Entries in food (31)
Video segments of September 2015 briefing to an international military audience in the Washington DC area.
Part 1: Introductions and US grand strategy
Part 2: America's looming energy self-sufficiency
Part 3: Climate Change and its impact on food & water
Part 4: The aging of great powers
Past 5: Millennials & Latinization of U.S.
Part 6: Evolution of US Military under Obama
Part 7: Dangers of a "splendid little war" with China
Part 8: Middle East without a Leviathan
Part 9: Answers to audience questions
FT story on a subject I've been harping on since my last book (and in it): the stunning co-dependency that arrives with America increasingly feeding China, making our ag output as important to Beijing as the PG's energy exports.
Some data points on China's total imports (so not all NorthAm or US):
- Cereal imports into China up almost 13,000 percent since 2008 to current 5.2m MT
- Wheat up 6,000% to 3m MT
- Rice up 264% to 1.6m MT
- Overall rise from low-point of 2008 is from 2m MT to 12m MT.
- China is now the 7th biggest importer in world, after Japan, Egypt (remember that when you imagine Egypt going rogue under the MB), Mexico, EU-27, Saudi Arabia, and SoKo. Japan is #1 at just under 25m MT.
Note that US is biggest world exporter of wheat, corn and soybeans.
Yes, China is planting like crazy, so its own ag output is up. It's just that demand is rising much faster.
The key line of the piece:
China still has an official policy that mandates 95 percent self-sufficiency - a policy known as the "red line" - but recent comments suggest that the insistence on self-sufficiency is waning.
The US is waking up to China as THE ag export market. Nebraska's top ag official:
China represents a huge export market . . . [and] a growing export destination.
Nebraska's corn exports to China have doubled in the last half-decade.
China is already the world's biggest soybean importer (and - again - the US is the biggest exporter), and "is adding corn, wheat, barley and rice to its shopping list" (and - again - the US is the biggest exporter of corn and wheat).
After decades of rising childhood obesity rates, several American cities are reporting their first declines.
The trend has emerged in big cities like New York and Los Angeles, as well as smaller places like Anchorage, Alaska, and Kearney, Neb. The state of Mississippi has also registered a drop, but only among white students.
“It’s been nothing but bad news for 30 years, so the fact that we have any good news is a big story,” said Dr. Thomas Farley, the health commissioner in New York City, which reported a 5.5 percent decline in the number of obese schoolchildren from 2007 to 2011.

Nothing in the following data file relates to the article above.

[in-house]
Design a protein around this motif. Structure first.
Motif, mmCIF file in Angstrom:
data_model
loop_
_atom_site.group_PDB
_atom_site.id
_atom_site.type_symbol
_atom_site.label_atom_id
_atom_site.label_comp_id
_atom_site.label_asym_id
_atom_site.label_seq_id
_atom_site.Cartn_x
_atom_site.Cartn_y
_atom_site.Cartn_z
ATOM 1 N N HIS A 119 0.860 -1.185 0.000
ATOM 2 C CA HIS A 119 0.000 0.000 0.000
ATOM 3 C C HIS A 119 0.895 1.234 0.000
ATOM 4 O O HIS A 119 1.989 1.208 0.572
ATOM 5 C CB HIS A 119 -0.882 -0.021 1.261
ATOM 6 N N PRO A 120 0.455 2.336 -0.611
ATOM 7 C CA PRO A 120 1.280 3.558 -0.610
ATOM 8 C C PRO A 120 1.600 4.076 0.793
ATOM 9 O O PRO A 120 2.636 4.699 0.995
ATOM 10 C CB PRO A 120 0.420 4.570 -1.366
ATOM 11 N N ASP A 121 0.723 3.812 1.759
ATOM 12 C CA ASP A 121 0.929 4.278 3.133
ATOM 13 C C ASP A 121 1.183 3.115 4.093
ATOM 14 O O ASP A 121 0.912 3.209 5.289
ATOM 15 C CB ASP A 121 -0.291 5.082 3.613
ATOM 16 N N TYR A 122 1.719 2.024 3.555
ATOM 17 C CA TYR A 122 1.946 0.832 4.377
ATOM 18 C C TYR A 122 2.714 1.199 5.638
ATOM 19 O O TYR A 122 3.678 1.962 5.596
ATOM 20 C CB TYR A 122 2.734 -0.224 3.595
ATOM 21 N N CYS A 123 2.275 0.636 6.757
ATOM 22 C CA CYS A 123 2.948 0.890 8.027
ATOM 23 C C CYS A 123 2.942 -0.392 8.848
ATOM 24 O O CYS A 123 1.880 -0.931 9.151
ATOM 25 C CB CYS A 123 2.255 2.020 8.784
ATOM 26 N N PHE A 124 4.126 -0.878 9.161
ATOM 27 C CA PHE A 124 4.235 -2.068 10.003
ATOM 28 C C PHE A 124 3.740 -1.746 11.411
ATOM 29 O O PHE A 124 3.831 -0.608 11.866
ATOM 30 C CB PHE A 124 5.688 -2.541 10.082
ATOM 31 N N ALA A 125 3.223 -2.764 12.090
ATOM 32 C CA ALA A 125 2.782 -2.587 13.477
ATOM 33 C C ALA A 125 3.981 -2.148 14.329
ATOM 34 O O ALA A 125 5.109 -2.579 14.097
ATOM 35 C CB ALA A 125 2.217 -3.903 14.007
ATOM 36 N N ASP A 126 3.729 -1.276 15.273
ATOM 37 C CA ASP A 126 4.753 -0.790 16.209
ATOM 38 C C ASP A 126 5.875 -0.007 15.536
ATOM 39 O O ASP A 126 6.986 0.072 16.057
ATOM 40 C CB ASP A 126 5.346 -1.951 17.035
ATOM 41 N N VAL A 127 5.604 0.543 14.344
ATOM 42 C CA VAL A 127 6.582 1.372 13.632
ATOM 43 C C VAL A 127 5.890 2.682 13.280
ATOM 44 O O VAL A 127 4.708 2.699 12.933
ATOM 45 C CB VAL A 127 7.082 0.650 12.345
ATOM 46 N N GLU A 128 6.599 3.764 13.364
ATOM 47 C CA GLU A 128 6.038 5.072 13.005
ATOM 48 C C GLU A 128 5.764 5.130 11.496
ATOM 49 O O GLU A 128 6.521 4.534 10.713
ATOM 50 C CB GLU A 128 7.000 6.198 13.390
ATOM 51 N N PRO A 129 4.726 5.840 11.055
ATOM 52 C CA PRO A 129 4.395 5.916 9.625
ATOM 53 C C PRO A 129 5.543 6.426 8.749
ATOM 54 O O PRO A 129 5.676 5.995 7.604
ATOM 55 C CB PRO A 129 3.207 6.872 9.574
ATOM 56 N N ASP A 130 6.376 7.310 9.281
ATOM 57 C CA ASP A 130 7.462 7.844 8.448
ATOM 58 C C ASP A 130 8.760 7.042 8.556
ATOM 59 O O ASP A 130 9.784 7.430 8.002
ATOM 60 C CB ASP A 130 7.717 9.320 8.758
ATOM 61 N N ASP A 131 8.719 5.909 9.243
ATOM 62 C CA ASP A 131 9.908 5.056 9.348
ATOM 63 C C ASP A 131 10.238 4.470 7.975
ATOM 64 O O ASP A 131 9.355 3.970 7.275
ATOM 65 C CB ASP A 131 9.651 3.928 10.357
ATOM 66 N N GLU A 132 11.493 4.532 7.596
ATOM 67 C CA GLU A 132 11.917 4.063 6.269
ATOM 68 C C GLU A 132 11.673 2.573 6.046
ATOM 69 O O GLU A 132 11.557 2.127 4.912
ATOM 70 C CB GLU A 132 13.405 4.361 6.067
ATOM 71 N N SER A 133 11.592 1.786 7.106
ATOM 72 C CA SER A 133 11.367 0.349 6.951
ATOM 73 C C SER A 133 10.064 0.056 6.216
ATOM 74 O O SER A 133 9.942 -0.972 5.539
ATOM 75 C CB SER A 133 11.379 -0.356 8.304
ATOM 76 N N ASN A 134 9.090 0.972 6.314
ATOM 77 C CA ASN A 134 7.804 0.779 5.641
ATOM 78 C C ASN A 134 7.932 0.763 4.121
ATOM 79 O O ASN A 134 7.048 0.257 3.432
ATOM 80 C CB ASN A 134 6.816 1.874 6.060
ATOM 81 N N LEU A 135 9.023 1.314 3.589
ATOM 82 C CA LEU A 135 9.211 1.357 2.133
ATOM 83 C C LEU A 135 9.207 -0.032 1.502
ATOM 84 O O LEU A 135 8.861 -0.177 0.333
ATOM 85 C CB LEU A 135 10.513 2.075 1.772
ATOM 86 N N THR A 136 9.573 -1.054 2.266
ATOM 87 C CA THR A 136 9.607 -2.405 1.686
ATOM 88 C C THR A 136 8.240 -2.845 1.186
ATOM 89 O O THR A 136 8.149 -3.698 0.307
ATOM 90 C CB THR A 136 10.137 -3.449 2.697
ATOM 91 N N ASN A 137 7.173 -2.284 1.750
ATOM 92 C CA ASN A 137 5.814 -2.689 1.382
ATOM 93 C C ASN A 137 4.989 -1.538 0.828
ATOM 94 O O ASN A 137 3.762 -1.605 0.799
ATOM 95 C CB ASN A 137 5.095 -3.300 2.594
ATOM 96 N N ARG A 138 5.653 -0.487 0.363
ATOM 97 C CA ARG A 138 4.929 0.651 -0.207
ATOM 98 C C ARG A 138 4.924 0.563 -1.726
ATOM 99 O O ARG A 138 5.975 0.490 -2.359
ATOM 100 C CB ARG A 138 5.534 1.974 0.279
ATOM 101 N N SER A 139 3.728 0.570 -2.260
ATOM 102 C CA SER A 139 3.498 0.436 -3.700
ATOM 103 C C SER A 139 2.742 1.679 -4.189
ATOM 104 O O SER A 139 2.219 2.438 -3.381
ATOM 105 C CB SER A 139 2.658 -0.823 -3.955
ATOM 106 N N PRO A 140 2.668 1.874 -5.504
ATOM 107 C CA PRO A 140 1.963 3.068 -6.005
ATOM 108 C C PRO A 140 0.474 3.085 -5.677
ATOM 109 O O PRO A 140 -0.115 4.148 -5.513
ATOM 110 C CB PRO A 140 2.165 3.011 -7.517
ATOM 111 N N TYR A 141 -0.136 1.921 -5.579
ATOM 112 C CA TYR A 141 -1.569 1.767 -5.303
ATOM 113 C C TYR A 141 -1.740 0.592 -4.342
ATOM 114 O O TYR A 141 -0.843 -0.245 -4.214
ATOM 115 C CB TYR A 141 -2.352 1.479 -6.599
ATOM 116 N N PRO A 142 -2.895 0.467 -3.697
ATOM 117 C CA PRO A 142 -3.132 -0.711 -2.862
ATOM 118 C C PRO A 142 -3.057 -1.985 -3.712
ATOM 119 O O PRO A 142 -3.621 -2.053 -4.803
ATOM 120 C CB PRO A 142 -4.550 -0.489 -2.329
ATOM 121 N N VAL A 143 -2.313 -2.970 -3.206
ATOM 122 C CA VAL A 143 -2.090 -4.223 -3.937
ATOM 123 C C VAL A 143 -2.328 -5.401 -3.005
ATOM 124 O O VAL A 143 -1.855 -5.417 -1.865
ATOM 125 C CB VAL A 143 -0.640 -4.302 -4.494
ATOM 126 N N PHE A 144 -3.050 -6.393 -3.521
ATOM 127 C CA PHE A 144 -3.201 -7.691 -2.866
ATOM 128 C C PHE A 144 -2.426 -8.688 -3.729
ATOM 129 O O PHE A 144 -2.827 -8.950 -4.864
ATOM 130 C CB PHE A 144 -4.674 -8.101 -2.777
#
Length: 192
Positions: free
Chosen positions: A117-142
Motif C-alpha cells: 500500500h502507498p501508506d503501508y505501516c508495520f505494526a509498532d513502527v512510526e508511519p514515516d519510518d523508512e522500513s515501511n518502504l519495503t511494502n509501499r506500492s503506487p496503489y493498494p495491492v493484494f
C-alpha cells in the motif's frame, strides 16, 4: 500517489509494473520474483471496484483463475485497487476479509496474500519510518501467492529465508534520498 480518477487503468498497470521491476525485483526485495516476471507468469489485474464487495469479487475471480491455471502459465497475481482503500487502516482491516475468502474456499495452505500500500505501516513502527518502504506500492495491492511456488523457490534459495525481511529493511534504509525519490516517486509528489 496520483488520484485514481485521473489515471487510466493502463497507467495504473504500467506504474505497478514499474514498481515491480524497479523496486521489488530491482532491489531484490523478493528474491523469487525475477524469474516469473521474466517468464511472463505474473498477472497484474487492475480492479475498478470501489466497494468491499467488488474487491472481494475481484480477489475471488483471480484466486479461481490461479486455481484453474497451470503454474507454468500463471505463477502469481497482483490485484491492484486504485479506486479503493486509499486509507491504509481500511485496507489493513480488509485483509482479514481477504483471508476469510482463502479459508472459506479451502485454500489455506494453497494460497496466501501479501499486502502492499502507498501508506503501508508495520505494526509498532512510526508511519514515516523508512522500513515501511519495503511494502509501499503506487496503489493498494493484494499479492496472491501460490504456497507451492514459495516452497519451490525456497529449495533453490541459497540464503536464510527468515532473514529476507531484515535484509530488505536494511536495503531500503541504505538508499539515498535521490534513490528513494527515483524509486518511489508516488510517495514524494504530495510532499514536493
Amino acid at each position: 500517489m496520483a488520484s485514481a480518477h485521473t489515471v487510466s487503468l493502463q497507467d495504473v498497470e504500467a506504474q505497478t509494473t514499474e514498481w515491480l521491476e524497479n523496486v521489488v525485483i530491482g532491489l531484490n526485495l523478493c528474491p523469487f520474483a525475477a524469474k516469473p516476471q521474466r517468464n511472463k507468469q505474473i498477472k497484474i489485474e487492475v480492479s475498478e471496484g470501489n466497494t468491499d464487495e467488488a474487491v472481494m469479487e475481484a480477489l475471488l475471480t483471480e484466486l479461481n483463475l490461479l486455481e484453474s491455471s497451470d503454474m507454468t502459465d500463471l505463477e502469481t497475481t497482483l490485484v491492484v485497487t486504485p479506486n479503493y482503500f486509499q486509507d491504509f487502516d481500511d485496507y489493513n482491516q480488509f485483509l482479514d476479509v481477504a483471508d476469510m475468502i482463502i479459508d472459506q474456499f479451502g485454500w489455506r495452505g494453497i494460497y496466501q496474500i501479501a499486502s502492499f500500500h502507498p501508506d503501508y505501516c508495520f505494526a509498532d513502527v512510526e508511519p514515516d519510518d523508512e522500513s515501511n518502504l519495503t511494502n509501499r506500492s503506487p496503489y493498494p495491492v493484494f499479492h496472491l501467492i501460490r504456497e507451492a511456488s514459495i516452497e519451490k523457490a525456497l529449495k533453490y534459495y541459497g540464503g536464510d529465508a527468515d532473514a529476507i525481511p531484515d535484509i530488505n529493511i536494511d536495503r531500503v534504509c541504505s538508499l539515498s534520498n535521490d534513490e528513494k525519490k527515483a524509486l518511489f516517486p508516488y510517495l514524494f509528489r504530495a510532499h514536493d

The drops are small, just 5 percent here in Philadelphia and 3 percent in Los Angeles. But experts say they are significant because they offer the first indication that the obesity epidemic, one of the nation’s most intractable health problems, may actually be reversing course.
Crucial to get kids less fat, because fat kids are almost totally doomed to be fat adults, burdened by all manner of lifetime medical ailments. Our obesity epidemic began with kids and it will end with kids.
Especially tough since so many kids eat majority of their weekday food at school (breakfasts + lunch + snacks). Health advocates have to fight food and beverages industry on this. Good example: big push to get sodas out of schools and Coca-Cola and others fire back with "energy drinks" that are just as sugary. Sugary drinks are believed to account for half of the obesity epidemic.
Then there are those cheap-skate Republicans in Congress who insist on labeling pizza a "vegetable," while insisting on more tests and thus less phys ed. I can tell you that Indiana is nuts on that score (testing): my kids are forced to prep and take these mindless (and useless) tests ALL YEAR LONG. What a way to prep kids for the 21st century!
But I digress ...
Researchers are trying to figure out what's working. All they know is this: "declines occurred in cities that have had obesity reduction policies in place for a number of years."
Though obesity is now part of the national conversation, with aggressive advertising campaigns in major cities and a push by Michelle Obama, many scientists doubt that anti-obesity programs actually work.
Exercising is required, but it never does it alone (and never will). Key is reducing all those empty calories and portion sizes ("Want some fries with your pizza and Gatorade?").